He seems to be able to imply that all the world's problems could be solved by alcohol. He should have been a Miss World contestant - not only would he wish for world peace he could solve it - would have gone down well with the judges.

Somebody gave this book 5 stars, along with 5 stars to two other books by the same author - the only reviews he has posted. How strange.

This book, he freely admits is a combination of previously published articles, so second-hand writing that is disjointed and tedious. This book is not 'witty', nor 'good humoured'. Its a wingeing, boring load of twaddle.

Before buying this book please contact me, you can gladly have mine, I don't want it. It is a shame that I cannot return it for a refund from Amazon but I made the mistake of reading it.
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1 of 2 people found the following review helpful
5.0 out of 5 stars Wisdom through drinking - that can't be bad, 28 Mar 2011
This review is from: I Drink Therefore I Am: A Philosopher's Guide to Wine (Paperback)
I already have read some of Roger Scruton books and found them challenging and interesting. I wanted to buy his book on Beauty (having watched his television program on Beauty). This book "I drink therefore I am" was offered along with it at a slightly reduced price - so I bought it too. Somehow i started to read "I drink Therefore I am" first and having started I couln't put it down. It talks about great wines (I agree with his idea that it is the soil and less so the grape that is important), however it is the thoughts and revelations that come out of the wine - too many to talk about here. However two related moments in the book illustrate the depth of understanding about the human condition that is in this book. First I am thinking of the bottle of Ksara in Beirut. The Nuns of the convent of Mother Theresa lighting the light of human souls whatever the human is like and to thing of life as a gift(page 73). The second is his trenchant criticism of Rawls and Nussbaum for encouraging "entitlement" and removing agape. I cannot recommend this book enough - five stars!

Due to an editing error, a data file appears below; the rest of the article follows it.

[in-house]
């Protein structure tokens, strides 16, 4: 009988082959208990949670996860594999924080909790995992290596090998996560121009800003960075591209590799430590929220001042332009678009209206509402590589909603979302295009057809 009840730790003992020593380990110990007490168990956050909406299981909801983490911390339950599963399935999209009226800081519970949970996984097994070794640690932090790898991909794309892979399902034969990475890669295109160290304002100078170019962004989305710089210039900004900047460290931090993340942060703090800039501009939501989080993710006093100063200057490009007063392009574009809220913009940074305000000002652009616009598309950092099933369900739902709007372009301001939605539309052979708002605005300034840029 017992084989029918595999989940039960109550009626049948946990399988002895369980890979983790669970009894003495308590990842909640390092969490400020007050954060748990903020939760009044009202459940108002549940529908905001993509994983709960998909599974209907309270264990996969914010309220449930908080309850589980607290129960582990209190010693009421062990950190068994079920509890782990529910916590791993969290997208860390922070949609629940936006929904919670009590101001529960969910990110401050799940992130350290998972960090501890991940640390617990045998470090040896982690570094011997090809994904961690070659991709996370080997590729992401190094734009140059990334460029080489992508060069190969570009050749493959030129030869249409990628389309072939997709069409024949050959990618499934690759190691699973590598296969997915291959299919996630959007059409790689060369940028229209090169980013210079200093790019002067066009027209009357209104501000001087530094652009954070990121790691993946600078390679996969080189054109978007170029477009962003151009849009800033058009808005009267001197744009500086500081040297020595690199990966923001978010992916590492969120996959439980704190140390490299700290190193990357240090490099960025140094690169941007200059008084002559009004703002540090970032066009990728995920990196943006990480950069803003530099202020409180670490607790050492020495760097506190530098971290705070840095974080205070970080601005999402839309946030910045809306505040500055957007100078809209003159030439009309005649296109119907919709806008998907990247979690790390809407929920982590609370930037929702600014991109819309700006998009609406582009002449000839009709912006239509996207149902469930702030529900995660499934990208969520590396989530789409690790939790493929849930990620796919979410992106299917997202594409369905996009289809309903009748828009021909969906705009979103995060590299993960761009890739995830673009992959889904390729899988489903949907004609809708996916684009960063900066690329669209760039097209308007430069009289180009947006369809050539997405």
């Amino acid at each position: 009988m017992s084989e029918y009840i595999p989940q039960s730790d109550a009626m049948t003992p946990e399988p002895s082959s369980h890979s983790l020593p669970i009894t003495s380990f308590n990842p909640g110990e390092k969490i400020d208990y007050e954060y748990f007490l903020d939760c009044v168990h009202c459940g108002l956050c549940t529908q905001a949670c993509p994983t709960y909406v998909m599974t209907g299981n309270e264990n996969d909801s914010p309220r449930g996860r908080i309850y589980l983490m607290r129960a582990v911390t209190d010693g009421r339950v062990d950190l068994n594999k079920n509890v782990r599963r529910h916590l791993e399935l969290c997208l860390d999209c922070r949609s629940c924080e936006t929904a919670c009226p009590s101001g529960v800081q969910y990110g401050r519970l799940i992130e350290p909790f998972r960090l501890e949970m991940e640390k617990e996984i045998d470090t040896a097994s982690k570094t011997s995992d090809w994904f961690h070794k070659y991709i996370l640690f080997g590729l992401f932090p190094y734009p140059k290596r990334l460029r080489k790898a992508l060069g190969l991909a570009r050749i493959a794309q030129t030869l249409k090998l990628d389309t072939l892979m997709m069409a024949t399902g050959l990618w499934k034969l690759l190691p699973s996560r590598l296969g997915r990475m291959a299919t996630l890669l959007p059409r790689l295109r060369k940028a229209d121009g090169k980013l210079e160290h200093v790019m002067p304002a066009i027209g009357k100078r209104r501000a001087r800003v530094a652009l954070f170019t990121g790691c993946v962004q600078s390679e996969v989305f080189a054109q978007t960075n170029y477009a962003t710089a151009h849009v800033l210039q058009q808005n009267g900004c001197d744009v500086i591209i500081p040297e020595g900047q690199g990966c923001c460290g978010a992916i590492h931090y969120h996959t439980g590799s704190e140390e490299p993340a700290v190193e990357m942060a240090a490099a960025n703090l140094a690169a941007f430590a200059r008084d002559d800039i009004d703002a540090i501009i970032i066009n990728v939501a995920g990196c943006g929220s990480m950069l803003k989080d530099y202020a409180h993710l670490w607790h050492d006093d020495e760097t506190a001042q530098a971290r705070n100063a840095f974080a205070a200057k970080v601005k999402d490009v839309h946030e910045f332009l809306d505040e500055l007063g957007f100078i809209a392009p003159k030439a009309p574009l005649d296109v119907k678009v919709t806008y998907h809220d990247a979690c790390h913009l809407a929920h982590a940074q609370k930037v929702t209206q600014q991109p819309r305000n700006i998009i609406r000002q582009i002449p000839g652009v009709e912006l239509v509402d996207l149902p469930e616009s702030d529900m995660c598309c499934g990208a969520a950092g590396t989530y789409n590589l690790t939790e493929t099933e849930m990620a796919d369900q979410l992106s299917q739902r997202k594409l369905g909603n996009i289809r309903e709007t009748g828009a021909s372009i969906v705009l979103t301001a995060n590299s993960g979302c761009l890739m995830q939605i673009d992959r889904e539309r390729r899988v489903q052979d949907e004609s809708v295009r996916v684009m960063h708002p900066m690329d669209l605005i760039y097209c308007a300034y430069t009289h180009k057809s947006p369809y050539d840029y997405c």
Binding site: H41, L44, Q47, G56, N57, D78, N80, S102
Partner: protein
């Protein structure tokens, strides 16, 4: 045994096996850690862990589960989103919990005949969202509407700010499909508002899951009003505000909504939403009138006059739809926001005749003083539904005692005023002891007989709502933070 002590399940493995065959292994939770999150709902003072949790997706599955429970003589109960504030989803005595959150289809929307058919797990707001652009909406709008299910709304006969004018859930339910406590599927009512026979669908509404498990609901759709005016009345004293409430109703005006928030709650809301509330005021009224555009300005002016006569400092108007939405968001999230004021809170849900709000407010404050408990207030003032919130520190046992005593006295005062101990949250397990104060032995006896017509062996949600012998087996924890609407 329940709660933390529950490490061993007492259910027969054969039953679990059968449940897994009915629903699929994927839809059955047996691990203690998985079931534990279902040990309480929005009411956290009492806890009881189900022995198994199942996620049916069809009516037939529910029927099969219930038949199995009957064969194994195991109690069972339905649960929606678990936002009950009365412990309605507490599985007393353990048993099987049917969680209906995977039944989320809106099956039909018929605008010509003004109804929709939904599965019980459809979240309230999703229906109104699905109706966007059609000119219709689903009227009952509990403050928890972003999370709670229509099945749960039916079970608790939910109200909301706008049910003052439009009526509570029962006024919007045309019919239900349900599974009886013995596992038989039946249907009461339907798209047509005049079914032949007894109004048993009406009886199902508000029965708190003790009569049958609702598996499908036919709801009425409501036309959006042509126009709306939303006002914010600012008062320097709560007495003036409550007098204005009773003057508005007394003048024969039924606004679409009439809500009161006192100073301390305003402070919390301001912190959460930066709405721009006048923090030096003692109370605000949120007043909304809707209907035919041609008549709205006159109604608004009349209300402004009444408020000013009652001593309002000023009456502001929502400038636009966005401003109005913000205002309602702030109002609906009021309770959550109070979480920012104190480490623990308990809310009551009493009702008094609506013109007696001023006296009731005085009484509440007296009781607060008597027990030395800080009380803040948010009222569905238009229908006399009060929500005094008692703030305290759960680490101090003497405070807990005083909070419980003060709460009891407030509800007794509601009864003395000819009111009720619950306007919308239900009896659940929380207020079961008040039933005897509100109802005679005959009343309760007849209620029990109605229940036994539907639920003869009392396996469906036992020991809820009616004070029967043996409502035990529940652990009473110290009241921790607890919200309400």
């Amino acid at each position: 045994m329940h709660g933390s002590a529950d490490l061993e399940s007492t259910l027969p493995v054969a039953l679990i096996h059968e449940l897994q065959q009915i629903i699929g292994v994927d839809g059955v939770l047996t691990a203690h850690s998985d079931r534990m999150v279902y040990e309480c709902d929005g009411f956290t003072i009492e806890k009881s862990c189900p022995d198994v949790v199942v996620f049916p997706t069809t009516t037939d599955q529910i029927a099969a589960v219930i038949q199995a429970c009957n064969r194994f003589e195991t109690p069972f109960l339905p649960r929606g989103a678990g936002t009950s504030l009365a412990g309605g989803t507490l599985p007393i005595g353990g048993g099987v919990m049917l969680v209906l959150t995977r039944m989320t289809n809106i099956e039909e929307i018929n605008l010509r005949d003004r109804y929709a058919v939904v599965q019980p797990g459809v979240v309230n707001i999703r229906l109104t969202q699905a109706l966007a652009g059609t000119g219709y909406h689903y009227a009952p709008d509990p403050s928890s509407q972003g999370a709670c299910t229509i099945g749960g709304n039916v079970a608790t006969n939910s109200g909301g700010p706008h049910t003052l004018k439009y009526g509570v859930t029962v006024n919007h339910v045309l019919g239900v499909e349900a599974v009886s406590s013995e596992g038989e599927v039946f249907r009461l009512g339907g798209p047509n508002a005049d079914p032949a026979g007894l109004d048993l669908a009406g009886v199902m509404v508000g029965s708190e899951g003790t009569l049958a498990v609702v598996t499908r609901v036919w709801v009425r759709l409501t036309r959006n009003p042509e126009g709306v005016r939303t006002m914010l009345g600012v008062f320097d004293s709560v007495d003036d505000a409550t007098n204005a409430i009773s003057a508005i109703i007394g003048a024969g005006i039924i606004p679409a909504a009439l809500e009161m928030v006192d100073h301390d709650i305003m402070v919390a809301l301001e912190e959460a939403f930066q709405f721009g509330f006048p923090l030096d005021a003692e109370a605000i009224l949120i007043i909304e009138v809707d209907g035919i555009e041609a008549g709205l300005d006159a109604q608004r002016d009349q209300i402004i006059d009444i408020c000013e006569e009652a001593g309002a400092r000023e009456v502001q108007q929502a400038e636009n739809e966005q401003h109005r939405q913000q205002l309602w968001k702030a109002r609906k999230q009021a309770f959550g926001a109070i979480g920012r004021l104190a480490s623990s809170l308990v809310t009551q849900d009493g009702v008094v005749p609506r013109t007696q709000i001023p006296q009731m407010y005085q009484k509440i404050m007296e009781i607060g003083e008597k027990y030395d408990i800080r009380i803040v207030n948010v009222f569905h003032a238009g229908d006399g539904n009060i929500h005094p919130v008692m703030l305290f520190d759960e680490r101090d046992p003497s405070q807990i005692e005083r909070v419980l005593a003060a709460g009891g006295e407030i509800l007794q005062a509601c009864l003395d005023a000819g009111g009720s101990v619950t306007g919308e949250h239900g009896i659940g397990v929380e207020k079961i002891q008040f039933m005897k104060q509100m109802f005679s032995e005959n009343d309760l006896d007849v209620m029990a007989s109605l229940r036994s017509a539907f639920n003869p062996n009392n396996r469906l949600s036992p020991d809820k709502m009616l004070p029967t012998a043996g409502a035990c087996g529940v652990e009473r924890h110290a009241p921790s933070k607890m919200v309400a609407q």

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2 of 4 people found the following review helpful
3.0 out of 5 stars The pleasures of wine, 12 July 2010
By 
P. L. D. Taylor "Patrick Taylor" (Somerset, England) - See all my reviews
(REAL NAME)   
Roger Scruton's book 'I drink therefore I am, a philosopher's guide to wine' is one of the most unusual, and gripping, books on wine ever written. Apart from being devoted to Wine Roger Scruton is also a Philosophy Don. Philosophy, sometimes amusingly, creeps in among the Bottles. He regards wine as a most admirable accompaniment to food but he thinks it is even better with philosophy. Anyone who loves wine will find this book both delightful and enriching. It may also cause philosophers to turn to drink.
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I Drink Therefore I Am: A Philosopher's Guide to Wine
I Drink Therefore I Am: A Philosopher's Guide to Wine by Roger Scruton (Paperback - 6 Feb 2011)